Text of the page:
His was a whirlwind ride into the national spotlight. Martin filed his lawsuit in late 1997, soon landed an injunction allowing him to use a cart, earned his first professional victory at a Nike Tour event in Lakeland, Fla., in January '98 and then won his lawsuit against the PGA Tour.
As the appeals process began its three-year odyssey -- the tour argued that walking is a fundamental part of the game and that no player should be permitted to use a cart -- media attention engulfed Martin. It crested at the Olympic Club, from his Monday practice round with Woods to his first two rounds alongside 1994 Masters champion Jose Maria Olazabal.
Steve Burdick, one of Martin's teammates at Stanford, was his caddie during the '98 Open. Burdick recalled Martin's original golf cart nearly toppling over on top of him early in the tournament, symbolic of his unnerved state.
Burdick occasionally reminded Martin of Bible verses on the course, to calm him.
"I remember Casey being really nervous and asking me where his first tee shot even went," Burdick said. "It was crazy -- because he had a cart, it was difficult for him to get through tees and greens. It was awkward but still exciting."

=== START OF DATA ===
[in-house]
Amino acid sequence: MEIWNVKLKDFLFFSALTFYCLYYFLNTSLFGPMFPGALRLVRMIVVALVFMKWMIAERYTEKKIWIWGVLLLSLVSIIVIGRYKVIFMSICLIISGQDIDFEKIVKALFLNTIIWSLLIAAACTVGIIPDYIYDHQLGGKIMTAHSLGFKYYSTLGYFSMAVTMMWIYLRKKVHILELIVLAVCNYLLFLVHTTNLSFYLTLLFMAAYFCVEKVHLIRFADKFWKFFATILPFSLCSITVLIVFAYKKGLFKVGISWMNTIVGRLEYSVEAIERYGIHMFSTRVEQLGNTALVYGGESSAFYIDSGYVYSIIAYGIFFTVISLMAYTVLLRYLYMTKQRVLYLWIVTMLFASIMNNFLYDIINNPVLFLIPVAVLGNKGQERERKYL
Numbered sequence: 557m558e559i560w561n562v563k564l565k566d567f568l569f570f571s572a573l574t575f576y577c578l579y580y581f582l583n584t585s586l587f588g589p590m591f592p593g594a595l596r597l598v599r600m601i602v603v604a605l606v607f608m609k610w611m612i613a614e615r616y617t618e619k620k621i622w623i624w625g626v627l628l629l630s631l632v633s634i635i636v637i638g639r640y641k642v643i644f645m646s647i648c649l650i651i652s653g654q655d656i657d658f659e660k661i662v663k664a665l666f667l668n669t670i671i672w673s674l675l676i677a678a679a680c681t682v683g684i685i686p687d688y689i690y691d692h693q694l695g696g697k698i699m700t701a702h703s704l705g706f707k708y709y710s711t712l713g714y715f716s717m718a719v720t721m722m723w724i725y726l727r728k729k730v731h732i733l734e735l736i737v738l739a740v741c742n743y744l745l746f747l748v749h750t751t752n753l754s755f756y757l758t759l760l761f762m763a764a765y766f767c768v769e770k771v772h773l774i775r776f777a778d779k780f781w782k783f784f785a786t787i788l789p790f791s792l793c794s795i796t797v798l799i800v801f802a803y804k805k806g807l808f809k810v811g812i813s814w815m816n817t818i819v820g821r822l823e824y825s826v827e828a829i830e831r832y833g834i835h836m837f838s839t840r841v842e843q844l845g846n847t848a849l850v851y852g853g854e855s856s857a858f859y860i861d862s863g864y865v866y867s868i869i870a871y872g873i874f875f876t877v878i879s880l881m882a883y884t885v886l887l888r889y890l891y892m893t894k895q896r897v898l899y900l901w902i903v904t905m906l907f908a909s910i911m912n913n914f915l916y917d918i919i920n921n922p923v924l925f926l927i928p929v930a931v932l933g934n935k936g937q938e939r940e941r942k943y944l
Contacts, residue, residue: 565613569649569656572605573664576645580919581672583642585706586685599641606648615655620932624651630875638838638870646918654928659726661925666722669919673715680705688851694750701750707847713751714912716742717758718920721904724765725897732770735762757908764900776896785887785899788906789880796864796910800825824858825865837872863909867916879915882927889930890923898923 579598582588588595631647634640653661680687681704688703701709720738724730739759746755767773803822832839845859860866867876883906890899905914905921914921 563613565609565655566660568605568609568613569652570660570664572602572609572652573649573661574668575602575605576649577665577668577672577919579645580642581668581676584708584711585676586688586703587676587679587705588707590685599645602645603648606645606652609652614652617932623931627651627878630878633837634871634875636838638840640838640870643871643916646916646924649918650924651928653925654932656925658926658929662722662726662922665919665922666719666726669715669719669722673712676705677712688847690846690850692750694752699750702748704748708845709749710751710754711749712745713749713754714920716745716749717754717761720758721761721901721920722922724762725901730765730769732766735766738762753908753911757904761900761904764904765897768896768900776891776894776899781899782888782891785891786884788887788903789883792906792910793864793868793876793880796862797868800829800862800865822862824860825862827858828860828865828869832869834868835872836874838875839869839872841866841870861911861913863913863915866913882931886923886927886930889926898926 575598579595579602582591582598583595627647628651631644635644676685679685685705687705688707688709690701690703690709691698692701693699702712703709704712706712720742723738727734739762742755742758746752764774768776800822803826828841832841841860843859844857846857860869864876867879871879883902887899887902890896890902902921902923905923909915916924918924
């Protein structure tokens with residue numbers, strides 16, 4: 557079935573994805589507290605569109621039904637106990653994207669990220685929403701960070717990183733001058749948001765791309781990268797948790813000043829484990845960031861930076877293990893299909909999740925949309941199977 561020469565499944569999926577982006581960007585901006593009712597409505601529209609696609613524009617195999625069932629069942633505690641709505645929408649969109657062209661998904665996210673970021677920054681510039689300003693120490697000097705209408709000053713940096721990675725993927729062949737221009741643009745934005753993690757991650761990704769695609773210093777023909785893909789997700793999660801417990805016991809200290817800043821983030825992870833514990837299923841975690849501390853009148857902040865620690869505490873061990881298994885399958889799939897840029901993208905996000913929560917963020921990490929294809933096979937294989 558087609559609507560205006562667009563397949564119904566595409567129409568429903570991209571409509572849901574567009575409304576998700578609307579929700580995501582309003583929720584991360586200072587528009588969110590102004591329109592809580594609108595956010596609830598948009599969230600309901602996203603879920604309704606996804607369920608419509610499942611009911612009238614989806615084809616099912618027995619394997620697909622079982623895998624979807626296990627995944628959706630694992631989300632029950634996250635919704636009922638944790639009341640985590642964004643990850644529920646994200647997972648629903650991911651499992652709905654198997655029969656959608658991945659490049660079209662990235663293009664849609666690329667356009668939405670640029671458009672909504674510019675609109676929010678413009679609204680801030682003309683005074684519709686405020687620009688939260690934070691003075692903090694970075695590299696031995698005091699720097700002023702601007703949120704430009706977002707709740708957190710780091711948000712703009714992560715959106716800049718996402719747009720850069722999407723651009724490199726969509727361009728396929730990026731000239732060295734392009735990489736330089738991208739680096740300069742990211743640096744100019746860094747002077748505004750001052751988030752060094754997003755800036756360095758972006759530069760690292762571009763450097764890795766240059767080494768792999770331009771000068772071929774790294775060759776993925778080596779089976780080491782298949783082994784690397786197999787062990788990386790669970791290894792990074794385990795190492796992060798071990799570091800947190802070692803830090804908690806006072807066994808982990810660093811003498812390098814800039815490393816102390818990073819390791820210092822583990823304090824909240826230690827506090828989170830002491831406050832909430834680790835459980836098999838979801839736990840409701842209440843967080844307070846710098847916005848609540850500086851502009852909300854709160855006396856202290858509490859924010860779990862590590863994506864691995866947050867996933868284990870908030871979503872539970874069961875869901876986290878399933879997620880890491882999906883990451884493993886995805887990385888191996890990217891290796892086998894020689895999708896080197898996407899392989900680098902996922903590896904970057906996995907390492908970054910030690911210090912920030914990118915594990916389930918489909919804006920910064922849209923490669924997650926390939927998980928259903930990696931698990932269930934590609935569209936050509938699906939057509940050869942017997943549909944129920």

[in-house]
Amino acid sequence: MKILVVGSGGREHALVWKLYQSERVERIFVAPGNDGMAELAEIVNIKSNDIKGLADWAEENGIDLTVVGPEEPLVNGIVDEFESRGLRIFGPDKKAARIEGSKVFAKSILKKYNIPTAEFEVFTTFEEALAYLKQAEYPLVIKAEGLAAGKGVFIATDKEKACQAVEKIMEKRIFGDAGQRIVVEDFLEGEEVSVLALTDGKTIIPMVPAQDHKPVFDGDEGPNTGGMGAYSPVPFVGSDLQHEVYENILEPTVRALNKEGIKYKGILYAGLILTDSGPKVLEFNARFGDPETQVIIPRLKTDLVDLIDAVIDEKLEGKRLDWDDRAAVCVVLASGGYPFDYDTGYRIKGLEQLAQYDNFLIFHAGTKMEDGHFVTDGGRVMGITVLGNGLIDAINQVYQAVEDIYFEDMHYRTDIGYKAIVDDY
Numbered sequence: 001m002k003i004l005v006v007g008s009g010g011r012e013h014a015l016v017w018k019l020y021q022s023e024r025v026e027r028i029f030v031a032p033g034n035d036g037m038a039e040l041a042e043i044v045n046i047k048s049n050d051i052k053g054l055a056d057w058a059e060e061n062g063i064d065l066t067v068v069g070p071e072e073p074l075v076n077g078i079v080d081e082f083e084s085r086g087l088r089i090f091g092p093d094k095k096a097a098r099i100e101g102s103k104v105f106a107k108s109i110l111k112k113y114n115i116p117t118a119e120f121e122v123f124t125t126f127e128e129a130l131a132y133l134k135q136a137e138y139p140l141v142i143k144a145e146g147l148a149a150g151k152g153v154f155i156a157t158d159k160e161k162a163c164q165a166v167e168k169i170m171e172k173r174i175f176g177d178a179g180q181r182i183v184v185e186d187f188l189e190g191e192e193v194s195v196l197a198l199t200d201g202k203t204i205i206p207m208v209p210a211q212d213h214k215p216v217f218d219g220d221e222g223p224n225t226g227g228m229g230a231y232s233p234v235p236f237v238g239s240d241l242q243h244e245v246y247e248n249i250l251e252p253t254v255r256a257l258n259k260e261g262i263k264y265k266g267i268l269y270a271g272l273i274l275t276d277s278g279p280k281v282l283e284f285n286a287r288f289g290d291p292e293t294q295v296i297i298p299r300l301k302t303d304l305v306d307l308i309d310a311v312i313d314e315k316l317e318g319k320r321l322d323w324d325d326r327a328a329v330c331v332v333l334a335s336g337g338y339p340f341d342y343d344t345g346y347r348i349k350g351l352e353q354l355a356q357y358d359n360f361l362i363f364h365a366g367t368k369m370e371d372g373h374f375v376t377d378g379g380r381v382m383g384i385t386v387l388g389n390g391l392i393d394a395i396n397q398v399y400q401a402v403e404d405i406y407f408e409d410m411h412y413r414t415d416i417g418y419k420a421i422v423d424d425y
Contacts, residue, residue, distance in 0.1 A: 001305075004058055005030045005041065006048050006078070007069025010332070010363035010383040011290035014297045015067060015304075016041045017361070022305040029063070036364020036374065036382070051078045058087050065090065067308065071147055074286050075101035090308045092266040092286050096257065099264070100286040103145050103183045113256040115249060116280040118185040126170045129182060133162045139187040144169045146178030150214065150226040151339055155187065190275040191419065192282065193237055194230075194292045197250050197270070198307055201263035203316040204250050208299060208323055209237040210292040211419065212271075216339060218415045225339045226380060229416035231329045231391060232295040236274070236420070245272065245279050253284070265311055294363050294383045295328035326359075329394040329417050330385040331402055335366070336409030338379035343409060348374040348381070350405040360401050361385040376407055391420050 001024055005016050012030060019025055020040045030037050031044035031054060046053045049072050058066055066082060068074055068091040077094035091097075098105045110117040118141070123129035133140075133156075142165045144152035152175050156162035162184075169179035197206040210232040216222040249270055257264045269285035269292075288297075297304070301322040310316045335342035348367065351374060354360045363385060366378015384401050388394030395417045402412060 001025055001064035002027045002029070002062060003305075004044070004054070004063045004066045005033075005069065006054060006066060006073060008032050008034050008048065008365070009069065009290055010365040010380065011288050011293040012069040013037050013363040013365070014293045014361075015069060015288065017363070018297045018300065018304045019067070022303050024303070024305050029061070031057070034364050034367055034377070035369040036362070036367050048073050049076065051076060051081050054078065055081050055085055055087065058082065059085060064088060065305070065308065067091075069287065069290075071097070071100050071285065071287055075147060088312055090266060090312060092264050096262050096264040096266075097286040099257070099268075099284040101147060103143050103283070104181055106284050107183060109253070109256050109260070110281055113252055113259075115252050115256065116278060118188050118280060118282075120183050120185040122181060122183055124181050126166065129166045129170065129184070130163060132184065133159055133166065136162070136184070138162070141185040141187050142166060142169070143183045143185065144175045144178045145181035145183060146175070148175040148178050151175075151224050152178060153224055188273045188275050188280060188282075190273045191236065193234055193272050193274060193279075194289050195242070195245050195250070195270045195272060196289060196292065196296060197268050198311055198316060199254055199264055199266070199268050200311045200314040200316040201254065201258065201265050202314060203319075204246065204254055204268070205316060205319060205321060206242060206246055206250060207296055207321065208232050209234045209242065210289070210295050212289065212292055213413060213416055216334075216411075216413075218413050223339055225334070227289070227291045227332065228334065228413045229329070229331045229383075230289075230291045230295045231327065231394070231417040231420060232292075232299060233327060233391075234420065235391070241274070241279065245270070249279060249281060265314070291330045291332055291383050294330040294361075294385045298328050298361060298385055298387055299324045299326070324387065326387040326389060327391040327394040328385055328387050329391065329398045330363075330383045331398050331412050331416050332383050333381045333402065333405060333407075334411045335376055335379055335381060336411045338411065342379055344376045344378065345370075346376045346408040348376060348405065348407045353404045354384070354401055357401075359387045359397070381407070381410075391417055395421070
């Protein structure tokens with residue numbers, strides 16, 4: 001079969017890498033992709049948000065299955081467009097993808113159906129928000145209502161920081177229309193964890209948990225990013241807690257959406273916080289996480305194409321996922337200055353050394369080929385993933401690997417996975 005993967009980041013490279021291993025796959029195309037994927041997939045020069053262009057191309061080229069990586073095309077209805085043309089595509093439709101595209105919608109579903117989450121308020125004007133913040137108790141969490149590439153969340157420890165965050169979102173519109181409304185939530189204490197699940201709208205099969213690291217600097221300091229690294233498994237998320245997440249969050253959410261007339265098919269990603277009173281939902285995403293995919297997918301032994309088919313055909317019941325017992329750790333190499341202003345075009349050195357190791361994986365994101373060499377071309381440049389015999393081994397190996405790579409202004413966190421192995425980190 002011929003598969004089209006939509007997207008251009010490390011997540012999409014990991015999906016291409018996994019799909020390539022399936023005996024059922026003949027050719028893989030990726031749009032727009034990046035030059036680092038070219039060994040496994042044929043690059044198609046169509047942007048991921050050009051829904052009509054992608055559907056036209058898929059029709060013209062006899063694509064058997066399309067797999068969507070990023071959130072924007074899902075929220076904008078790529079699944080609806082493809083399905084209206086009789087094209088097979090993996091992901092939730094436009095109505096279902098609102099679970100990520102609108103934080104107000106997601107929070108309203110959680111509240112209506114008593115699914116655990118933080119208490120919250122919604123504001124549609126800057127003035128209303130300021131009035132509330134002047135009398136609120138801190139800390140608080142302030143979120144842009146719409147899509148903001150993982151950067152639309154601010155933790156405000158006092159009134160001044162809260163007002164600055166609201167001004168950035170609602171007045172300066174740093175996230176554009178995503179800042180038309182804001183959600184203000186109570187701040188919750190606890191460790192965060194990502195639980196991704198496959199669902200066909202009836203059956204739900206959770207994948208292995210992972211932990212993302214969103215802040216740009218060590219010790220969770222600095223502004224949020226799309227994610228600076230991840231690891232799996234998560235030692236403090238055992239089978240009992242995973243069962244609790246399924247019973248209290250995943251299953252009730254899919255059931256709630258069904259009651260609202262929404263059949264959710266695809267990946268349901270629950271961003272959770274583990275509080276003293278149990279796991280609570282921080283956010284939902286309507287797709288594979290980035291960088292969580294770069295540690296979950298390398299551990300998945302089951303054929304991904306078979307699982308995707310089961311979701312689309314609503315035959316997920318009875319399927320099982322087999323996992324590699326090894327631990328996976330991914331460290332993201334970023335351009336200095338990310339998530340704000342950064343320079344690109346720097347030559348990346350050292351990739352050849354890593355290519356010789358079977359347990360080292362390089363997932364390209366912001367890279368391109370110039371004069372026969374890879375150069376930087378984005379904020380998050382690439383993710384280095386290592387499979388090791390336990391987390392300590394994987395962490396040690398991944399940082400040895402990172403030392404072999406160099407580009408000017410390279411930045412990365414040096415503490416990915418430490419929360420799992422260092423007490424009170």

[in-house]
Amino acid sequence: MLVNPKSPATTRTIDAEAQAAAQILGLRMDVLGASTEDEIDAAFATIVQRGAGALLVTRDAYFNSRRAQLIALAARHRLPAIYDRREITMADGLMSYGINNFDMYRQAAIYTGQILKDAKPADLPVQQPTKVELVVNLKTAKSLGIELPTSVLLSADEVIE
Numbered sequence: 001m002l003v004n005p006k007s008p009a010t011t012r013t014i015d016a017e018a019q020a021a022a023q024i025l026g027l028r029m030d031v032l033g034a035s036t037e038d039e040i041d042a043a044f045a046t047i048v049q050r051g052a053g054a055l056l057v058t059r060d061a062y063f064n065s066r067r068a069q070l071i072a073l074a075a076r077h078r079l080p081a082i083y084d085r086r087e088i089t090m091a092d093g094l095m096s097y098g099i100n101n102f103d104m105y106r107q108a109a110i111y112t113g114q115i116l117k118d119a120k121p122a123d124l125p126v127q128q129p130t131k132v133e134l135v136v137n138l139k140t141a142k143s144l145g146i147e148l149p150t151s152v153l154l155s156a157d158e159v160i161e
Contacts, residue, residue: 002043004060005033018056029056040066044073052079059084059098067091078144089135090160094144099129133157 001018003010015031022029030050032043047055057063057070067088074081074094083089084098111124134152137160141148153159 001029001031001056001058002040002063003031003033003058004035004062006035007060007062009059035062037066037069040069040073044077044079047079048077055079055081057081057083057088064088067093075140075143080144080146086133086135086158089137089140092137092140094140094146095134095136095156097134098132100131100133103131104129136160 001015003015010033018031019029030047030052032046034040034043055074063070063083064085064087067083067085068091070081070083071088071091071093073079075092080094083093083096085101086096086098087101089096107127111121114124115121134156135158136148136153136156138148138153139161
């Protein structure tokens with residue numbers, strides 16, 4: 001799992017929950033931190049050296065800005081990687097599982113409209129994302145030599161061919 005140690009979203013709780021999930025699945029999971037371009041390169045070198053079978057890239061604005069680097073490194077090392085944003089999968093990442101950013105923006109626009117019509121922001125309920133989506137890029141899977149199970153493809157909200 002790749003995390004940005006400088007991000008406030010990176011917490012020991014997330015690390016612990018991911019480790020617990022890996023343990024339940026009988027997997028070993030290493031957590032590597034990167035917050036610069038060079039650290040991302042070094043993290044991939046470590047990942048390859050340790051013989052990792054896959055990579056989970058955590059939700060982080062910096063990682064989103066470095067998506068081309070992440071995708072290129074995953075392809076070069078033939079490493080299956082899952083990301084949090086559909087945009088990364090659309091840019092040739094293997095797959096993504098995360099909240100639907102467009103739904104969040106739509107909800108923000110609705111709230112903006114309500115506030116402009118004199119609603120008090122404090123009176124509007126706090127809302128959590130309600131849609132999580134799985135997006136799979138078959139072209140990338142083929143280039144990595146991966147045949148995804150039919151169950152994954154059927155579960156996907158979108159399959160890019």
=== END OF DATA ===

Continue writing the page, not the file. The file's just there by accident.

Martin had a chance to earn an invitation to the 1999 Masters (by finishing in the top 16), but he came up two shots short. He never played in the Masters, though he used the Open as a springboard to a strong season on the Nike Tour in 1999 and his only full season on the PGA Tour in 2000.
More lasting was Martin's landmark legal triumph and the reaction he generated from the public. The crowds at Olympic embraced him, fully aware he wasn't trying to gain an advantage by using a cart. He was merely trying to make it through 18 holes despite obvious physical hardship.
The Supreme Court decision, in 2001, didn't open a floodgate of disabled professional golfers riding in carts, as tour officials feared. Only a few players have used carts since then, most notably two-time heart transplant recipient Erik Compton for a short time.
As it turned out -- and as sensible people understood at the time -- Martin's cause was worthy and justified.
Age: 39 (turns 40 on June 2)
Job: Men's golf coach, University of Oregon
Deep roots: Born and raised in Eugene, Ore.
Local ties: Stanford class of 1995 (economics)
College glory: Two-time All-American, helped the Cardinal win NCAA title in 1994
Tiger time: College teammate of Tiger Woods for one season ('95)
Major moment: Tied for 23rd in 1998 U.S. Open at Olympic Club
Health hurdle: Born with Klippel-Trenaunay-Weber syndrome, congenital circulatory disorder in right leg
Landmark victory: Won 2001 Supreme Court decision vs. PGA Tour, allowing him to use cart in competition
PGA Tour: Two top-25 finishes in 41 career starts
Nike-turned-Nationwide Tour: One win and 10 top-10s in 126 career starts
Coaching acumen: Guided Ducks to three NCAA Championship appearances in past four seasons
On the state of his leg: "I do have pain and discomfort, but I'm doing OK. Amputation certainly could be a reality, but I've lived with that reality a long time. I'm going to be 40 soon, so every day I have my leg now is a bonus."